It was Bob Allen who started a small operation at Buriticá back in the early 1990s. This mine, now run by Continental Gold, produces around 4,000 ounces of gold a year so it is tiny by international standards and compared to the planned operation. Continental Gold’s latest 43-101 resource estimate included a total of 630,000 ounces of gold in the ‘measured’ and ‘indicated’ categories and 2,500,000 ounces of gold in the ‘inferred’ category. Nevertheless, the current operation has an importance well beyond its size, being used for metallurgical testing and as a training ground by Continental Gold for its employees as it ramps up for production by 2014.

The pilot plant extracts gold from multiple veins on the deposit: the current 43ÔÇæ101 resource estimate for Buriticá included 38 veins. Its presence paves the way for gaining the trust of the local people. Getting the support of the local population makes life a lot easier, wherever you are working, says Sussman, and the fact that Continental already employs a third of the entire population of the Buriticá town does a lot for its popularity. “We do not have to start from scratch with community relations; we have only to maintain and strengthen them.”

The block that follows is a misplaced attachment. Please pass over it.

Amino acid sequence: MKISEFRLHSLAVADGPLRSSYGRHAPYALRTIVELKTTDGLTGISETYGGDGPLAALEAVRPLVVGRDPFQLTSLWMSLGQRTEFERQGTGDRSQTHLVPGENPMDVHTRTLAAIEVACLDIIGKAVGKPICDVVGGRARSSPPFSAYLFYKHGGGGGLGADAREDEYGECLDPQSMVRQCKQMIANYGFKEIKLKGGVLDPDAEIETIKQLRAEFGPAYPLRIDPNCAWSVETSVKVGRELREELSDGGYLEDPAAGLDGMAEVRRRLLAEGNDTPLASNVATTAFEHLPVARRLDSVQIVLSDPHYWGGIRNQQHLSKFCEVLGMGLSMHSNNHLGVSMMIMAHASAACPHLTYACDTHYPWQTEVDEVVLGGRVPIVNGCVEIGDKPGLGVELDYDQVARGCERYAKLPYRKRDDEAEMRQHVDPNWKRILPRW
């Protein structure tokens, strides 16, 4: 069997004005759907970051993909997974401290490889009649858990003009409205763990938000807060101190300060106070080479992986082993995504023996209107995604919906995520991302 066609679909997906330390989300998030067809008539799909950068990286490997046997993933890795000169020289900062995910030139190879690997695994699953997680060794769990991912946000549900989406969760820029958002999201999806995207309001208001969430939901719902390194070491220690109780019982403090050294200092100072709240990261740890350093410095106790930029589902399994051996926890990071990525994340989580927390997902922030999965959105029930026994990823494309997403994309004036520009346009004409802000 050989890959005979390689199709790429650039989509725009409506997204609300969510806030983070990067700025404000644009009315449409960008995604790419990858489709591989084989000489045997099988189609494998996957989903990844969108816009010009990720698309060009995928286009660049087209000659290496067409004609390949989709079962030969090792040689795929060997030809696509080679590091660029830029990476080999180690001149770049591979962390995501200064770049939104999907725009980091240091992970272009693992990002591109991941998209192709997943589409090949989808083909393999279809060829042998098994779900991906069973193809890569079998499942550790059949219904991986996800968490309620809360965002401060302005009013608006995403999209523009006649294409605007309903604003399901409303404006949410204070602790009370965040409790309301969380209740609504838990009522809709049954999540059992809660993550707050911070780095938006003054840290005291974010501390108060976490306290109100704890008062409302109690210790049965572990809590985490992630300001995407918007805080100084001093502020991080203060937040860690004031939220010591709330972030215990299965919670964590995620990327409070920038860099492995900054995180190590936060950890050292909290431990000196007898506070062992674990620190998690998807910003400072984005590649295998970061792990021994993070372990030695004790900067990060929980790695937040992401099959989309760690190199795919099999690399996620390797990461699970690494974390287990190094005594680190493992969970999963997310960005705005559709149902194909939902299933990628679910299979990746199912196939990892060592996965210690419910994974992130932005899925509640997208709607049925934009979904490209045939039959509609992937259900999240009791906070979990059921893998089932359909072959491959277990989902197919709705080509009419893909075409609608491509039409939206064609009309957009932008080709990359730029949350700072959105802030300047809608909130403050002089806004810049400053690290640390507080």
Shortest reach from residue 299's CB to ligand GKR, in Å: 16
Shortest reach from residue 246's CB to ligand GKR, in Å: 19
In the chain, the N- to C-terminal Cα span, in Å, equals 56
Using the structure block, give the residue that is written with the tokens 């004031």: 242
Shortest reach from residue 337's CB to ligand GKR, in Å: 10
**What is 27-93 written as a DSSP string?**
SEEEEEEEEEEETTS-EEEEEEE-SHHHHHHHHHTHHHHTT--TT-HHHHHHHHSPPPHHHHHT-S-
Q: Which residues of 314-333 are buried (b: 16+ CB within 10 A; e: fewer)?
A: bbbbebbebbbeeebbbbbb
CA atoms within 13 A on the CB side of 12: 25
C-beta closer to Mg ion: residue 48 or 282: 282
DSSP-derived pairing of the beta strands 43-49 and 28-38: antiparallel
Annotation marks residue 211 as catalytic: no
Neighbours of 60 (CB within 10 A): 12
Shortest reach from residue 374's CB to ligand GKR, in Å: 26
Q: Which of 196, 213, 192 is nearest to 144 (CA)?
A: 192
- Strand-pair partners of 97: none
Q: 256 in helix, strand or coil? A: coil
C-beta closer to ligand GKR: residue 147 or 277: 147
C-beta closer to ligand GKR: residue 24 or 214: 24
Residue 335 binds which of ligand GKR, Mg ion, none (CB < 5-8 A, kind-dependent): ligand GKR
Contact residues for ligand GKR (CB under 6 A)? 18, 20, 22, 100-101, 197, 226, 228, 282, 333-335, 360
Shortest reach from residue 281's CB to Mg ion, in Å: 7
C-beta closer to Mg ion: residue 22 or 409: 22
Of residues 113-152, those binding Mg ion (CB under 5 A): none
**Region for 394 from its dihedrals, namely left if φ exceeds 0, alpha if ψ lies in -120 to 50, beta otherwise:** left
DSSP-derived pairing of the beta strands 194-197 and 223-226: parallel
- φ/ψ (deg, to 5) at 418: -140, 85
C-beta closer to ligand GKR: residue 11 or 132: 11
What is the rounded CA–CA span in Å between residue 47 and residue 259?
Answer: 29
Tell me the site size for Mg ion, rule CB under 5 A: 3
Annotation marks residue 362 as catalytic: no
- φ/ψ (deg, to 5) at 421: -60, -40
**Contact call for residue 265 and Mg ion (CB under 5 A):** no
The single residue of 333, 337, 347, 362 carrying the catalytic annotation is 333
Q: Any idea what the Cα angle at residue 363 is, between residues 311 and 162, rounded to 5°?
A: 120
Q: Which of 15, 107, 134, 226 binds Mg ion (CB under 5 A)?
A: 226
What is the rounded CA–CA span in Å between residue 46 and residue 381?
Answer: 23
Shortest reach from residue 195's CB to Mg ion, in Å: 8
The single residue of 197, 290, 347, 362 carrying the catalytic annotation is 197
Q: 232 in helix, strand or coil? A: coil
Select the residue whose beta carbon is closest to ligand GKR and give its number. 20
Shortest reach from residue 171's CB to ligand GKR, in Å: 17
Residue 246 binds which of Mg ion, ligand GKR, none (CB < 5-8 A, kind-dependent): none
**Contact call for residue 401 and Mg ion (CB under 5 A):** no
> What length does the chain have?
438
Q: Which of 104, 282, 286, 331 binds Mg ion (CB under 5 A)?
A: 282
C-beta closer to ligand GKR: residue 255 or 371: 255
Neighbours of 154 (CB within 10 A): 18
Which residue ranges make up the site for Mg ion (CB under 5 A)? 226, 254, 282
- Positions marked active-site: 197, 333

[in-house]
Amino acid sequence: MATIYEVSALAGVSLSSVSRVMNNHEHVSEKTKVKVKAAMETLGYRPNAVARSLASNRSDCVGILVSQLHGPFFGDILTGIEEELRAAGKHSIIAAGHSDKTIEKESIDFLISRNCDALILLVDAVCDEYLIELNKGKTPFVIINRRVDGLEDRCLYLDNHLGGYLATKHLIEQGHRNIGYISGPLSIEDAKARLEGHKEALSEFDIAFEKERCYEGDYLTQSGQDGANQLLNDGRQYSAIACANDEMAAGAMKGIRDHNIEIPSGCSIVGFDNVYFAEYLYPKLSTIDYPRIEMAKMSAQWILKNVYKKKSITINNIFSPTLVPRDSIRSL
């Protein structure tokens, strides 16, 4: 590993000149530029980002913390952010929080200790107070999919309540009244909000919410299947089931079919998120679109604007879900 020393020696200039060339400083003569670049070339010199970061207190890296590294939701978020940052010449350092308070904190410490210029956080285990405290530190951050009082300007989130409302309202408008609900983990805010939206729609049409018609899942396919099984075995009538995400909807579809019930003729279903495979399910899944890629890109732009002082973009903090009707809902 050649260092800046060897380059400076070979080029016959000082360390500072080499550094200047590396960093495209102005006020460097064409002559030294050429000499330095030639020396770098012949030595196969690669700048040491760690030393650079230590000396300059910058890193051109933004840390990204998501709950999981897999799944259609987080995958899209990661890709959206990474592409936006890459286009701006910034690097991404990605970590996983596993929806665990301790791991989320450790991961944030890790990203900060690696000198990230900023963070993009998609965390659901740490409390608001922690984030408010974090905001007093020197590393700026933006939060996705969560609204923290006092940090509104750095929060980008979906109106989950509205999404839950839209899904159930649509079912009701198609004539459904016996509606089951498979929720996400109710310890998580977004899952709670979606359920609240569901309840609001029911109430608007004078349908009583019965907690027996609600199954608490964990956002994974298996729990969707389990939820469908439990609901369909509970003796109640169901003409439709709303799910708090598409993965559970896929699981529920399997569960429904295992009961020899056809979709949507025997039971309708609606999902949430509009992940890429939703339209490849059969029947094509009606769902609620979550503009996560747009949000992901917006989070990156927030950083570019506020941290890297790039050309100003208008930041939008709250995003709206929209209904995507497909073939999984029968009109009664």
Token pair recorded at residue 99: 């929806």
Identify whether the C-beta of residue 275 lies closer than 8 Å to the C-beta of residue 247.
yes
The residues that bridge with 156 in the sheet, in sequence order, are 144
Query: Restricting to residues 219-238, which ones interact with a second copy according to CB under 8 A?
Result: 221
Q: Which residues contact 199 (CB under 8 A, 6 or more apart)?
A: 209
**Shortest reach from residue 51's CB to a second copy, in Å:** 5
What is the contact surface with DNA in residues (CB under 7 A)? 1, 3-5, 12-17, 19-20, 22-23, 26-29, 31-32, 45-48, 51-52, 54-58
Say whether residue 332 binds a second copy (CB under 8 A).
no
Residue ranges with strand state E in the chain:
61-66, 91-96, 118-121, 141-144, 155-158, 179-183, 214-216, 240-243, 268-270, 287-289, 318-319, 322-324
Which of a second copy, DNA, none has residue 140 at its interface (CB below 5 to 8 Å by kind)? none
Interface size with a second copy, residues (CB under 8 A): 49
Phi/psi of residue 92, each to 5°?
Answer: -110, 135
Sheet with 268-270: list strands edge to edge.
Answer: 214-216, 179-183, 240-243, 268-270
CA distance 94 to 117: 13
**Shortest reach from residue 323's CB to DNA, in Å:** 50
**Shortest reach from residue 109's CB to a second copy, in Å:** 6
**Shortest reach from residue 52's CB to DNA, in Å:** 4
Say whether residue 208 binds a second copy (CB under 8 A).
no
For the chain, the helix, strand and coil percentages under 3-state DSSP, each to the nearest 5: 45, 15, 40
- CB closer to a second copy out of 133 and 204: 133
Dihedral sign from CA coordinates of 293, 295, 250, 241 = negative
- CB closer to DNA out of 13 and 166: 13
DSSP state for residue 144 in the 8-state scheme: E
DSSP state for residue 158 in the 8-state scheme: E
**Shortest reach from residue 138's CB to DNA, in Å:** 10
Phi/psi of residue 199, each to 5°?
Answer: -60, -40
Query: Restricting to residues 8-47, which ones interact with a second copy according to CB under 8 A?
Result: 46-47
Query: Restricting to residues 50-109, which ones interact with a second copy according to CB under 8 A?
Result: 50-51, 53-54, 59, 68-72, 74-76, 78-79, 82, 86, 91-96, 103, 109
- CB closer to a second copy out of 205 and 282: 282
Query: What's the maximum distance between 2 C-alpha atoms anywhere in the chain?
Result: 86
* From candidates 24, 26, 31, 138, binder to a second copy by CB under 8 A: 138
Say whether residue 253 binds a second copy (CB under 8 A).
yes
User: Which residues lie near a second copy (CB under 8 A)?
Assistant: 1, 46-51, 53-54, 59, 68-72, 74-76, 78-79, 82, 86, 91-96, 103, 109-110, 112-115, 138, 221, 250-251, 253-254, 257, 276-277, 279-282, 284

Apart from Bob Allen, the company has a unique asset in its president and chief operating officer, Mark Moseley-Williams. A Colombian national with a family tradition of mining, Moseley-Williams was educated in the USA and the UK and is a renowned mining engineer, having built mines for international companies including Agnico-Eagle, where he was part of the team that built its flagship Pinos Altos mine in Mexico.

Having a Colombian to build the mine is a huge advantage. And Sussman himself has drawn together the rest of the world class team that makes up Continental Gold. He is founder and executive chairman of Colossus Minerals, a Brazilian mining company, and is particularly glad to have secured the services of Dr. Vic Wall as a special adviser. “We work exclusively together; he is regarded as one of the best targeting geologists in the business, not just where discoveries are concerned but also reinterpretation of geological systems around the world.”

Until Vic Wall came on the scene, Buriticá was a misclassified ore body. Earlier surveys had failed to identify it as a high grade carbon base metal (CBM) gold vein deposit, largely because it is a style of deposit not common in Latin America. Wall, who has published extensively on the subject, picked up and demonstrated its similarity to Barrick Gold’s 25 million ounce Porgera deposit in Papua New Guinea.